Why children commit crime
There is generally no simple reason why children become involved in offending. Certain circumstances happening at the same time can cause children to commit crime such as:
- not doing well in school
- truanting from school
- difficult family relationships
- lack of boundaries and parental supervision
- having friends who commit crime
- drug and alcohol misuse
- mental health issues, such as attention deficient and hyperactivity disorder (ADHD)
Role of parents
Parents are usually the most important people in their children’s lives. Their views and behaviours can have a good or bad influence on their children’s behaviour including offending behaviour.
Children are much less likely to get into trouble if their parents:
- have a good relationship with them and can talk openly with them
- can agree sensible clear rules and encourage them to stick to them as much as possible
- know where they are and what they are up to
School and community
Children are also less likely to get into trouble if their parents have an interest in their school life and they have good relationships with their teachers. This all helps to encourage children to go to school as often as possible.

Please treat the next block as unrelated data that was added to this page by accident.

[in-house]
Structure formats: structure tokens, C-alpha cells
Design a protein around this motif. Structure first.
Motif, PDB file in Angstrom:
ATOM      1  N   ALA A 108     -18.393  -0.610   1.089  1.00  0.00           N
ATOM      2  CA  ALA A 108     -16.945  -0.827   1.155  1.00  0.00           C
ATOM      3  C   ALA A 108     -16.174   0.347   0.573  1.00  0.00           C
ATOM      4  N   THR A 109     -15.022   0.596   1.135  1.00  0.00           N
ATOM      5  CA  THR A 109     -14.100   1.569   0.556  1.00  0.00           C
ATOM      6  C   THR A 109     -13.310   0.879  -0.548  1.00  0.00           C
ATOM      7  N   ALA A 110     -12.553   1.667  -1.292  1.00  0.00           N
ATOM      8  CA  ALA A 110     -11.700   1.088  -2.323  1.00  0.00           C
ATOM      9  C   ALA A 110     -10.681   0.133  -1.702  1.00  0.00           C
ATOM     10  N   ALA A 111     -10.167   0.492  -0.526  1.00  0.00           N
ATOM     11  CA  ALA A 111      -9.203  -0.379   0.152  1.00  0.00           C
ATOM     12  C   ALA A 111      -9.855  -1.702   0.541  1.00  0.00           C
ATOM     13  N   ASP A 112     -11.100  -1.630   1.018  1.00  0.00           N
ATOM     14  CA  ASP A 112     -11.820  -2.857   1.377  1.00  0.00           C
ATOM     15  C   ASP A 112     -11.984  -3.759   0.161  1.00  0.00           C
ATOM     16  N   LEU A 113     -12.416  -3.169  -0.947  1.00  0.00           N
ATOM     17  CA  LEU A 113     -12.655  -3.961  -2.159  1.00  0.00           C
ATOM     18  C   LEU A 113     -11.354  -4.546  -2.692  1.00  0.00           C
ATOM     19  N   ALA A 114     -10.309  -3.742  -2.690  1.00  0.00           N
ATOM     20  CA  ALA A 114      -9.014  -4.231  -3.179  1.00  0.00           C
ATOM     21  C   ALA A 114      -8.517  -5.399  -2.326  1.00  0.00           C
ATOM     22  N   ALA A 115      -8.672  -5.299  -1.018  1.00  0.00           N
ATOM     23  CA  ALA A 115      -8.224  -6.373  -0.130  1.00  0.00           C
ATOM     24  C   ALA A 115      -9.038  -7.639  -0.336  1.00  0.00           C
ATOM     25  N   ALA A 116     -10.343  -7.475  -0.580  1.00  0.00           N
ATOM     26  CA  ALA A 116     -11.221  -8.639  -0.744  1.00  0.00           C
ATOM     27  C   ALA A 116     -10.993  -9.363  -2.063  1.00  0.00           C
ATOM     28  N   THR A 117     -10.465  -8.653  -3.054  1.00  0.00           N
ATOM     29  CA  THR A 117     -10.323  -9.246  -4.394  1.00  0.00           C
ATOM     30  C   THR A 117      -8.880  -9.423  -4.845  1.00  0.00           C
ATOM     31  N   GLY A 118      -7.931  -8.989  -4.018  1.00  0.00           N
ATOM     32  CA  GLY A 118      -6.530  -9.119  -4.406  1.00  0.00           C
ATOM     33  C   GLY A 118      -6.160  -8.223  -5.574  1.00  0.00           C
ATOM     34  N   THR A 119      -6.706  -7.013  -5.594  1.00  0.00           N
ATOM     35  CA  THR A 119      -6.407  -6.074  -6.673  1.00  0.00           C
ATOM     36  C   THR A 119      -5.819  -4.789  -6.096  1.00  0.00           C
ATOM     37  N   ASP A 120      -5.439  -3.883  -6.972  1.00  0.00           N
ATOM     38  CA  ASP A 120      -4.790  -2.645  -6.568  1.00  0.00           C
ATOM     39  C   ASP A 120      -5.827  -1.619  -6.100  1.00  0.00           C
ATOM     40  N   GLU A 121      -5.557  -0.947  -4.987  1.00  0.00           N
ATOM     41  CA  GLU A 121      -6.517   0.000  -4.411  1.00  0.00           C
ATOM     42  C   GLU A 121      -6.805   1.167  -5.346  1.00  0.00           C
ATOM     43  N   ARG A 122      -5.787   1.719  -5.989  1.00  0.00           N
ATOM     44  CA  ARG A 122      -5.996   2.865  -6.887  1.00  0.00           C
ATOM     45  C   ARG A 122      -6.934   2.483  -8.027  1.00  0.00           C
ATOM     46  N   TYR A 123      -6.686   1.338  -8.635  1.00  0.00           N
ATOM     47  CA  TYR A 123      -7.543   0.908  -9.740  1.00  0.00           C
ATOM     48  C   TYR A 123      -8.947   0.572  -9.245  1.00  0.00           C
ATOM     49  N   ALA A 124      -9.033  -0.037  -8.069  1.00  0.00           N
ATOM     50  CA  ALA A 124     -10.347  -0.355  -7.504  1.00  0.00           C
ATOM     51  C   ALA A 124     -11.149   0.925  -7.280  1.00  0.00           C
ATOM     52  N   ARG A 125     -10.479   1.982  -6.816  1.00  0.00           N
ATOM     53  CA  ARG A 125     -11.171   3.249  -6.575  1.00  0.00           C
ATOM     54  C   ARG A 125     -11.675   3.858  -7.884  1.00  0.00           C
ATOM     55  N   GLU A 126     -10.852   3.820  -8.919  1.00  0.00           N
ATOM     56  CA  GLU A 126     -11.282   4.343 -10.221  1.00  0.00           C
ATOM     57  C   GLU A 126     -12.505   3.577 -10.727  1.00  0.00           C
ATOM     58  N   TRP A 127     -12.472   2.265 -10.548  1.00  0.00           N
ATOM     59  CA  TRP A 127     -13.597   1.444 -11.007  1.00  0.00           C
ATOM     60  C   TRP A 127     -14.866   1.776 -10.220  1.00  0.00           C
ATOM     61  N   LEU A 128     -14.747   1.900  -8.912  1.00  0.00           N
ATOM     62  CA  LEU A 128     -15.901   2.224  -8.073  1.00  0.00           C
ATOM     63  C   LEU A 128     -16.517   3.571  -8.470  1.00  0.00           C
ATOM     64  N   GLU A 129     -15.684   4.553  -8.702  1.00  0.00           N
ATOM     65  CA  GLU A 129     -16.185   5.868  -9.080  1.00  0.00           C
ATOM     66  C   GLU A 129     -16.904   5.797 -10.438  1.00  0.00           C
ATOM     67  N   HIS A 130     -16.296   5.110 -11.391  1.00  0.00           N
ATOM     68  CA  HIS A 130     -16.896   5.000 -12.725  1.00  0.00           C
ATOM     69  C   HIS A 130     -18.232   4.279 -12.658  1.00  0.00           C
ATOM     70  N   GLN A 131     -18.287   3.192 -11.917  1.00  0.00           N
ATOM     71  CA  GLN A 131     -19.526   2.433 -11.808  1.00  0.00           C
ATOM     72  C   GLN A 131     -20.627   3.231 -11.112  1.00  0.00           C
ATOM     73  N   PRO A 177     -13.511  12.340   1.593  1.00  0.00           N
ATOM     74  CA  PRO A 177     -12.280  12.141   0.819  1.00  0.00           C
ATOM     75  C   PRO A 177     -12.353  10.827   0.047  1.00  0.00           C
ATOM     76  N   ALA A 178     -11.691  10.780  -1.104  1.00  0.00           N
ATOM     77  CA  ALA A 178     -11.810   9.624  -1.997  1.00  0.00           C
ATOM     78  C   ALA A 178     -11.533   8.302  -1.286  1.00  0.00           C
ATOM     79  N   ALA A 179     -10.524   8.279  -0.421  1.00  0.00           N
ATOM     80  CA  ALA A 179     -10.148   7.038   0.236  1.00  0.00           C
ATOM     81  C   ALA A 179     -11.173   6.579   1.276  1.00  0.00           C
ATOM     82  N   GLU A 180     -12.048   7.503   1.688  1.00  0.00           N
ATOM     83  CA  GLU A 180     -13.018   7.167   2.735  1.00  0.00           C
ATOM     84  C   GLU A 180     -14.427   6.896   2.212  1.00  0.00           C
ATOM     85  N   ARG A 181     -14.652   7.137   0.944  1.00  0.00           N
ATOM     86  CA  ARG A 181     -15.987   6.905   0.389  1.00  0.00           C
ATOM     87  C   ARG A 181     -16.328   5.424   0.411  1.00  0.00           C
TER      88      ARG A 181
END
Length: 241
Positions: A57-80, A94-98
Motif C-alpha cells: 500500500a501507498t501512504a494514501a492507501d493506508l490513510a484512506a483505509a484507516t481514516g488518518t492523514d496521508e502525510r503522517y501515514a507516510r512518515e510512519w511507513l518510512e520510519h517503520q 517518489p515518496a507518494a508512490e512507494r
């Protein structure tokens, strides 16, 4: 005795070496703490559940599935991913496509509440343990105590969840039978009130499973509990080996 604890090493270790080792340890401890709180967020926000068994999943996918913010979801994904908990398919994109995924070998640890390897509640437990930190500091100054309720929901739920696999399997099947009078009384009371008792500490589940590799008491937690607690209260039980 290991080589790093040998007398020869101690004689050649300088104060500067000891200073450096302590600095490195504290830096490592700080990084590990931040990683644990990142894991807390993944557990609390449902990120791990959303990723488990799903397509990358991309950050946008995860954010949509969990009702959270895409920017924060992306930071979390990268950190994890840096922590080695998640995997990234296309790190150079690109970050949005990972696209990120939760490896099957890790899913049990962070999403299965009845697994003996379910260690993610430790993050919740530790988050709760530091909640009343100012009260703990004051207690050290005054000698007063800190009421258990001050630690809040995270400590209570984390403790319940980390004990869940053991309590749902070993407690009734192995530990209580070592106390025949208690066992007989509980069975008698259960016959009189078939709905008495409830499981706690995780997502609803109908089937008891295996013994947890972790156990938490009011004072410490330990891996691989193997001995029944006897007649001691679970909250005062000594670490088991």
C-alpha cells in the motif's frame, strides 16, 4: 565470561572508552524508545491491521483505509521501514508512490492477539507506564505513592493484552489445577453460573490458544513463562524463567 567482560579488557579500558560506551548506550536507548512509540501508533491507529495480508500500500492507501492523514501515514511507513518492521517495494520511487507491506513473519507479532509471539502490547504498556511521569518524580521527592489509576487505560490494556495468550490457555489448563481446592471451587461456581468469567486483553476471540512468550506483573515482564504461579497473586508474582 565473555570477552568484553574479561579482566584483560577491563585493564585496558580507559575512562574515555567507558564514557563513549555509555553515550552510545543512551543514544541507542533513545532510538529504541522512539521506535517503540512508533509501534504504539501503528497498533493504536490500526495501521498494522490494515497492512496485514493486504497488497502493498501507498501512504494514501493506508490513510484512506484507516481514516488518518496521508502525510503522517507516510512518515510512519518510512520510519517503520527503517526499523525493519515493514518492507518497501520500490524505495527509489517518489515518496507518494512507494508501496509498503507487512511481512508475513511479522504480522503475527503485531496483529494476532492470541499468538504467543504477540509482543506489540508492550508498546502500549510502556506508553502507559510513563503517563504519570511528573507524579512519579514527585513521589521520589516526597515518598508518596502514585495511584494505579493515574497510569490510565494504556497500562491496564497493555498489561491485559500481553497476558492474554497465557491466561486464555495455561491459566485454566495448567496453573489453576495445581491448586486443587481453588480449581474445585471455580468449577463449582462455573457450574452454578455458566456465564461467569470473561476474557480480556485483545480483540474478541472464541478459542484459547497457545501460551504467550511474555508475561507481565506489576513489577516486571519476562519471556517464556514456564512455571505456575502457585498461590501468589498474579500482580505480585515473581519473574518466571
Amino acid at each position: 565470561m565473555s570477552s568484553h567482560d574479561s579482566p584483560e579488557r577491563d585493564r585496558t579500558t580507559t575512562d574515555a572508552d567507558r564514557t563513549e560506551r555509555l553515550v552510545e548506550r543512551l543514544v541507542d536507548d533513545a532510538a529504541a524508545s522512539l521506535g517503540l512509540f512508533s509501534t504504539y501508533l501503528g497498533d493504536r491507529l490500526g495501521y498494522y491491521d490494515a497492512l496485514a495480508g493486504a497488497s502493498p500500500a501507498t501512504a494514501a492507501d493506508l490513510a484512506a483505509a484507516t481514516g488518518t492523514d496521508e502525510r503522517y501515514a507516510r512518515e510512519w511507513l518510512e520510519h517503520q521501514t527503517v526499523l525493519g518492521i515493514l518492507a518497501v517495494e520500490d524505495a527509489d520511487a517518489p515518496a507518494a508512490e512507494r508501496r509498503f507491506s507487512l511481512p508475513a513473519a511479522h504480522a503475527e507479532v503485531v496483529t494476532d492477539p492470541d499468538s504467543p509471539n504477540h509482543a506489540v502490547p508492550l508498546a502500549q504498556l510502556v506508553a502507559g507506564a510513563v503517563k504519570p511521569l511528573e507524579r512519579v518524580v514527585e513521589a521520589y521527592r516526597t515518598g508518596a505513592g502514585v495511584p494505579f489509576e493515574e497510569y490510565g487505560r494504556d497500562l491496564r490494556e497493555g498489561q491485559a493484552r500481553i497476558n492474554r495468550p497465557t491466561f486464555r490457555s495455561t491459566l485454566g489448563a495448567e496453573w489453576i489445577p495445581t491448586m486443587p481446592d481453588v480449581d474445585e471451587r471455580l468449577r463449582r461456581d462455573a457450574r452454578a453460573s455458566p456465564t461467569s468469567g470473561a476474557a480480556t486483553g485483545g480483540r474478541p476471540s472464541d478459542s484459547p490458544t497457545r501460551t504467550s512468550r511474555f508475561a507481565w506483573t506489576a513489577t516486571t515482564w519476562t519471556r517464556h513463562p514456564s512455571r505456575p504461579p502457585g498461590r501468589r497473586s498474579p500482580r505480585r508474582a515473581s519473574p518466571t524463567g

Children are less likely to offend if their parents can help them to become involved in activities or interests in their local community. This can include youth clubs, sports clubs, uniformed groups and church groups.
There might be times that despite their best efforts, or because they find it difficult to give their children the support they need, parents need some extra support to help keep their children out of trouble.
It might be helpful for parents to ask for some help for a time from others, including their GP, social services or Education Welfare Services.
There are some services which work with children aged eight to 13 years olds who are at a high risk of offending. They also work with parents to help prevent their children becoming involved in crime or to help them stop it at an early stage.
- Northern Area Early Intervention Project - Northern Health and Social Care Trust
- Strength 2 Strength - Western Health and Social CareTrust
- Strength 2 Strength - South Eastern Health and Social Care Trust
- NIACRO (Child and Parent Support Project covering Belfast Trust & Southern Trust)
When children grow up
Many children have problems during childhood but most don't commit crime. Most of those who commit crime do not commit serious or multiple offences.
Even those who do commit serious or multiple offences tend to eventually grow out of it. The support of parents is probably the most important thing in helping children to stay out of trouble or to help them out of it if they become involved.